European court condemns Swiss government for failing to act on climate change

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In a historic decision, the European Court of Human Rights (ECtHR) condemned Switzerland this Tuesday (9) for failing to act on climate change, putting its citizens at risk.

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As a result, the case was presented by an association of Swiss elderly people, and it was a time when a European Court condemned a country for the first time on environmental grounds. The association denounced that the Swiss government put their lives at risk during the country’s last heat wave, in mid-2023.

In the same sentence, however, the European court rejected a demand from young Portuguese people against 32 European countries for the same reason.

The judges ordered, as a sentence, that the Swiss State comply with a series of environmental measures to contain global warming. The country’s government stated that it will comply with the sentence.

But the decision has more of a symbolic effect, as it established a precedent and can now be replicated by courts in all European countries, which have been receiving more and more cases related to climate change.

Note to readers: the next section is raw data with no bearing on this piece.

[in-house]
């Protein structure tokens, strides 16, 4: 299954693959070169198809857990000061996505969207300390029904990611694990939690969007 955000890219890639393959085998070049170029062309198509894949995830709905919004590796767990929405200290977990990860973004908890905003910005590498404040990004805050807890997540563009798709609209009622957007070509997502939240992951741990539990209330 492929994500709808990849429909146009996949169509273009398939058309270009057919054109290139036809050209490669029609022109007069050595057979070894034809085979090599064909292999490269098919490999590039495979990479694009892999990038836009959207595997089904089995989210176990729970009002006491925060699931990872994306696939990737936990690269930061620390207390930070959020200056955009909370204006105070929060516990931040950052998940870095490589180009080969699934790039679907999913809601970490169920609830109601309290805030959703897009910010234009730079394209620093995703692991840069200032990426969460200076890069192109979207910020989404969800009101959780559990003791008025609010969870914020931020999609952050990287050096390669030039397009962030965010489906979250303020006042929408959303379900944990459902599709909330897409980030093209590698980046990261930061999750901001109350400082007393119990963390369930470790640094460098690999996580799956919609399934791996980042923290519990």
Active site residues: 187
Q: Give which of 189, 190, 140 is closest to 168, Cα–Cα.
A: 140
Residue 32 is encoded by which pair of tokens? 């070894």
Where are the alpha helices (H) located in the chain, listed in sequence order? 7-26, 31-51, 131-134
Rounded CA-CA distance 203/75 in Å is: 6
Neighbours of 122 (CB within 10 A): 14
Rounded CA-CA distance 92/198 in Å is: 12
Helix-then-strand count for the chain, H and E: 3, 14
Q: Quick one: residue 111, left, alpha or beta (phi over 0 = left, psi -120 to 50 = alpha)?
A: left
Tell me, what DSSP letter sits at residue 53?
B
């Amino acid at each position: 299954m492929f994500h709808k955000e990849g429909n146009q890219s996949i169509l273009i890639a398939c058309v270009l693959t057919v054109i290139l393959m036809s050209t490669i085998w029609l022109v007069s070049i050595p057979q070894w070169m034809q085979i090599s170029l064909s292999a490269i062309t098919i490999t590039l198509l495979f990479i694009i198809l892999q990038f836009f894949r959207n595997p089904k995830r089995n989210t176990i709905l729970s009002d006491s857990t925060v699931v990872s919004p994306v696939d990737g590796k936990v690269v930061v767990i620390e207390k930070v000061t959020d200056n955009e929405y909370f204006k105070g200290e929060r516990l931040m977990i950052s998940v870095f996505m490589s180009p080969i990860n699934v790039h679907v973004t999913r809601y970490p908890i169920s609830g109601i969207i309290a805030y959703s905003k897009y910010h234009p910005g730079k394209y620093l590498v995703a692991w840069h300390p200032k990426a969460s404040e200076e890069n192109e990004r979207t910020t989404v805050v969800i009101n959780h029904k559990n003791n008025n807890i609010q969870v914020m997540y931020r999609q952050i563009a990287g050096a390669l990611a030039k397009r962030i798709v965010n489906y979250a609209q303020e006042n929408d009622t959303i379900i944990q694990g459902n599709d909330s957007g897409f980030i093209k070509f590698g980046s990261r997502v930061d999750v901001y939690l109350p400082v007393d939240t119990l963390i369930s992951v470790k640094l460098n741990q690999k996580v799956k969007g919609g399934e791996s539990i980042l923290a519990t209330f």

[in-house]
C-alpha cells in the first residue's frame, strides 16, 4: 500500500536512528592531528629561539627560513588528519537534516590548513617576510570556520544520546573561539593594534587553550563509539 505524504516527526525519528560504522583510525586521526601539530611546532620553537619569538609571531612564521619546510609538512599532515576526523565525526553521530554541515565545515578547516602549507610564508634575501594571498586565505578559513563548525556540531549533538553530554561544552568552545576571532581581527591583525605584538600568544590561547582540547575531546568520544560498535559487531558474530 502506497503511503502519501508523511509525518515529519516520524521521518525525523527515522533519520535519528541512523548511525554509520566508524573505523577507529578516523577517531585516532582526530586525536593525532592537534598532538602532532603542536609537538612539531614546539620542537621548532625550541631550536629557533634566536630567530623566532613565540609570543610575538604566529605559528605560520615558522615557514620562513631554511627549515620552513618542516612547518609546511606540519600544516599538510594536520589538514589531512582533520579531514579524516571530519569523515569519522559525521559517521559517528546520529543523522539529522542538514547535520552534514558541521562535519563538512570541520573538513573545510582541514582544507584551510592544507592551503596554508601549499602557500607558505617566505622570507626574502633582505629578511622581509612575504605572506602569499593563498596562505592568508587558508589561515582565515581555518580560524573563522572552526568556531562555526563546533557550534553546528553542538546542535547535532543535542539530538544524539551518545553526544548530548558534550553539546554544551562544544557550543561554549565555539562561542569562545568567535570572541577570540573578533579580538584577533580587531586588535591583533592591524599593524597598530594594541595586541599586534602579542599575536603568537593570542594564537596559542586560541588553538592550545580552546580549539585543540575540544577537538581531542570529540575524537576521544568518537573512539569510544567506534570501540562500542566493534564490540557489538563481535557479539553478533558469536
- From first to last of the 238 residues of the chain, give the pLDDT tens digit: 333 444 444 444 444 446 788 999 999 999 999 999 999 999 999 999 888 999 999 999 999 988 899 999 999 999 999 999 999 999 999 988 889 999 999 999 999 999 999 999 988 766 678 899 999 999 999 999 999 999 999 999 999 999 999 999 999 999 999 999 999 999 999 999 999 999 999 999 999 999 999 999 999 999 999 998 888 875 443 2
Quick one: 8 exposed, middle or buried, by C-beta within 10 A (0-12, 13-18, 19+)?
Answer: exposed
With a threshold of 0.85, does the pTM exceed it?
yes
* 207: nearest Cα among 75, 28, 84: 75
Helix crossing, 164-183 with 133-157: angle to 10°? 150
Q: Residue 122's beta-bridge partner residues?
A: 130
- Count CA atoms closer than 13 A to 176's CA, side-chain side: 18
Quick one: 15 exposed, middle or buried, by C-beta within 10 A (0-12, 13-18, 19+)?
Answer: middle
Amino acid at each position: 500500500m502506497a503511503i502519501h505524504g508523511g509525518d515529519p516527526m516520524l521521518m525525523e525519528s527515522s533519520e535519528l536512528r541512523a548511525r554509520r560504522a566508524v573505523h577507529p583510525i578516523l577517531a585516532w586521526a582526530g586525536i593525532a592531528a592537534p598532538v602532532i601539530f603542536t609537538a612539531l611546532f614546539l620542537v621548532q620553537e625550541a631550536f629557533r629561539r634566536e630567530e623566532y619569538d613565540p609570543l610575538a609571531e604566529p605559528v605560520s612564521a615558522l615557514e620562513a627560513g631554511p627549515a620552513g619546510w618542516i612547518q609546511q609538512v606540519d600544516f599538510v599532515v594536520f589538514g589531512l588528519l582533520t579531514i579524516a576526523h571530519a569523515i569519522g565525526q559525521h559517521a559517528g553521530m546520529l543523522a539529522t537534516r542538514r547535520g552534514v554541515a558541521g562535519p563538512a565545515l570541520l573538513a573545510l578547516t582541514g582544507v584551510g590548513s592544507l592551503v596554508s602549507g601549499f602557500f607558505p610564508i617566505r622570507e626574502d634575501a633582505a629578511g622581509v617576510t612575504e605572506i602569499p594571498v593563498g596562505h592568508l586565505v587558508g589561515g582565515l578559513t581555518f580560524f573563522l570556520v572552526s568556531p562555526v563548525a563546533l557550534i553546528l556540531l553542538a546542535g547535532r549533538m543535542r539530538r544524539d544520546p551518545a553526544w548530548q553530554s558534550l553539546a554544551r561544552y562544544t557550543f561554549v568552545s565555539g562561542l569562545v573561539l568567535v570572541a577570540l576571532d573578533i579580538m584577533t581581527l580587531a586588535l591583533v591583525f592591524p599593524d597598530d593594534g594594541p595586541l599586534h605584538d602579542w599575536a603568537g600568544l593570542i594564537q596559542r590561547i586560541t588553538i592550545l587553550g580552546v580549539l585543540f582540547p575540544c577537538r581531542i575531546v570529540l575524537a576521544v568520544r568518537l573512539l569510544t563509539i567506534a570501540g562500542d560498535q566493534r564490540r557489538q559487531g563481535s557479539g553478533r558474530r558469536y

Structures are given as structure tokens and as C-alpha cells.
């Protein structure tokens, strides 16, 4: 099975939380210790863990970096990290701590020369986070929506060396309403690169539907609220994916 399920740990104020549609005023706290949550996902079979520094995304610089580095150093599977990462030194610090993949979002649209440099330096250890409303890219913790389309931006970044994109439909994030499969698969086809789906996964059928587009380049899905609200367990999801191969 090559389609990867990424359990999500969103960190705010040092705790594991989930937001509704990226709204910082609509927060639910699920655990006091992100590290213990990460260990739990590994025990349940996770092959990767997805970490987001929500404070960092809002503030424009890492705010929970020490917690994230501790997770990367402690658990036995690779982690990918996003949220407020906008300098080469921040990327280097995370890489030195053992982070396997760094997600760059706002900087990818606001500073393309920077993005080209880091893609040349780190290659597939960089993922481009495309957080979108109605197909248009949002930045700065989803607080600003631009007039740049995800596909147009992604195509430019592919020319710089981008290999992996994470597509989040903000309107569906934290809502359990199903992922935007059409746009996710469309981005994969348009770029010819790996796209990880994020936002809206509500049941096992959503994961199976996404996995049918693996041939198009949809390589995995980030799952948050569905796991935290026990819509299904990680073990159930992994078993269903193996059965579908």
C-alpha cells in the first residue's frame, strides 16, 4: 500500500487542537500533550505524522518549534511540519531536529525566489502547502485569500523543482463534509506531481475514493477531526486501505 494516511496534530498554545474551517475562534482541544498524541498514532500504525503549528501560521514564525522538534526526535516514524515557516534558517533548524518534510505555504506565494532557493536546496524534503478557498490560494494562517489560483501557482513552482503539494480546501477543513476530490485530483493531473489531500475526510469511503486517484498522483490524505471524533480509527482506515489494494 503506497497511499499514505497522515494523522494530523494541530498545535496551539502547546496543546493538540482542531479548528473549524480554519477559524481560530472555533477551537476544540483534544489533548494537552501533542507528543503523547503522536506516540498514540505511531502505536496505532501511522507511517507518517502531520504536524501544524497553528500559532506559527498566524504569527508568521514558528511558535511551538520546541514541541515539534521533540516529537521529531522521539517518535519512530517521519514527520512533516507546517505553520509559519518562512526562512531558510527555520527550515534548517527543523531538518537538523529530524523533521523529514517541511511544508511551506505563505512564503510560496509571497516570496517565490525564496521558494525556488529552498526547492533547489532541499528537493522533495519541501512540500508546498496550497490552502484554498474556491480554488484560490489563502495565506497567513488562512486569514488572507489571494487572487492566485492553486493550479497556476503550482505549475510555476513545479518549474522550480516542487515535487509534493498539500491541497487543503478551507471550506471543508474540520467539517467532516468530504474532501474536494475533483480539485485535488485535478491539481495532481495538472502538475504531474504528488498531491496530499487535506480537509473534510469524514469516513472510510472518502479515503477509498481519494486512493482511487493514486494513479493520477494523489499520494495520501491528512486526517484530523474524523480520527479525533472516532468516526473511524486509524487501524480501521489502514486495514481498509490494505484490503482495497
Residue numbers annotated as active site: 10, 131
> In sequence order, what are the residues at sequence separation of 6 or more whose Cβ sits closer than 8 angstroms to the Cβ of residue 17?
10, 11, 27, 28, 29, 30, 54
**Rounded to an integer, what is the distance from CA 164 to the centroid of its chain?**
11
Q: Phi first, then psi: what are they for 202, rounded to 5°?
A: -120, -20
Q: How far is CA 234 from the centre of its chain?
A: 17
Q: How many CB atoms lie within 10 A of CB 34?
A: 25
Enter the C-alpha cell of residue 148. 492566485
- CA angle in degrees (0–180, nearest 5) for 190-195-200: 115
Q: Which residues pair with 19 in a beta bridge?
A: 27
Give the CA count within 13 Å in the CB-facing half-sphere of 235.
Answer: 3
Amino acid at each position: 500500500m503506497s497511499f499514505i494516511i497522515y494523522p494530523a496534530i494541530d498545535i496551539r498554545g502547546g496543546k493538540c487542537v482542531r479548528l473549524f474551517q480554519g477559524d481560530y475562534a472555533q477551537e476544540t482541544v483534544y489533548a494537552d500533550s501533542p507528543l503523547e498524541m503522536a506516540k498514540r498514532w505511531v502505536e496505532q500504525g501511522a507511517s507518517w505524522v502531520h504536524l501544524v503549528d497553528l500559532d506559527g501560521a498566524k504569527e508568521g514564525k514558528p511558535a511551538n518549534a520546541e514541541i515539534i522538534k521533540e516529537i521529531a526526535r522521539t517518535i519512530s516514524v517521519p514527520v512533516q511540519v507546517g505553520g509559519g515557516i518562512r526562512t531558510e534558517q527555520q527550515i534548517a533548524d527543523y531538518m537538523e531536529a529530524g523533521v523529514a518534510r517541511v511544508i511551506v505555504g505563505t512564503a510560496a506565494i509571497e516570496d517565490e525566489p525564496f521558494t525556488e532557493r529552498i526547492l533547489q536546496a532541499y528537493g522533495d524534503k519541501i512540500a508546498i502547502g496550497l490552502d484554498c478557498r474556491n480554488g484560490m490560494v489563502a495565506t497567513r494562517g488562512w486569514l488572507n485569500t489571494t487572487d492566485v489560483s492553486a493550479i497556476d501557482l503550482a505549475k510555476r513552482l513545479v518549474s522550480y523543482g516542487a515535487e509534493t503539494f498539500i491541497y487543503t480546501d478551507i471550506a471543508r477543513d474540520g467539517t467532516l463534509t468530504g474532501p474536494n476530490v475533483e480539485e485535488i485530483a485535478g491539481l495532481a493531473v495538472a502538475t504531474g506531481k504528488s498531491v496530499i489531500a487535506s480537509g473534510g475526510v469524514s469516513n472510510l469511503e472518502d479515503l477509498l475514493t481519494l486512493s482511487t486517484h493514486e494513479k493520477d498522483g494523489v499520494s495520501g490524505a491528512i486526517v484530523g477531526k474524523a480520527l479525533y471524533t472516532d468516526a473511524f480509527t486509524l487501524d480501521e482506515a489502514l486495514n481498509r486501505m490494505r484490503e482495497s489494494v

The ECtHR, based in Strasbourg, France, ruled this Tuesday for the first time on this and two other cases on the responsibility of European states in the face of global warming.

Of the three actions, the ECtHR only approved the demand presented by the Swiss association “Elderly People for Climate Protection” and rejected the demands presented by six young Portuguese people against 32 countries and by a former French mayor.

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The association, made up of 2,500 women with an average age of 73, denounced that the “deficiencies” of the Swiss authorities in terms of climate protection “seriously harm their health status”.

Furthermore, the demand from Portuguese people, aged between 12 and 24, targeted all European Union states, as well as Norway, Switzerland, Turkey, the United Kingdom and Russia, for their inaction against climate change.

The court rejected the action, initiated after the fires that devastated Portugal in 2017 and killed more than 100 people, due to a procedural defect, as it had not previously exhausted legal resources in its country.

In the case of the environmentalist former mayor of Grande-Synthe, Damien Carême, who took France to the European court for climate inaction, he was not recognized as a victim, ECHR President Siofra O’Leary reported.

He brought the case in 2019, in his own name and as mayor, to the French Council of State for “climate inaction.” The higher administrative court ruled in favor of the city in July 2021, but rejected its individual complaint.

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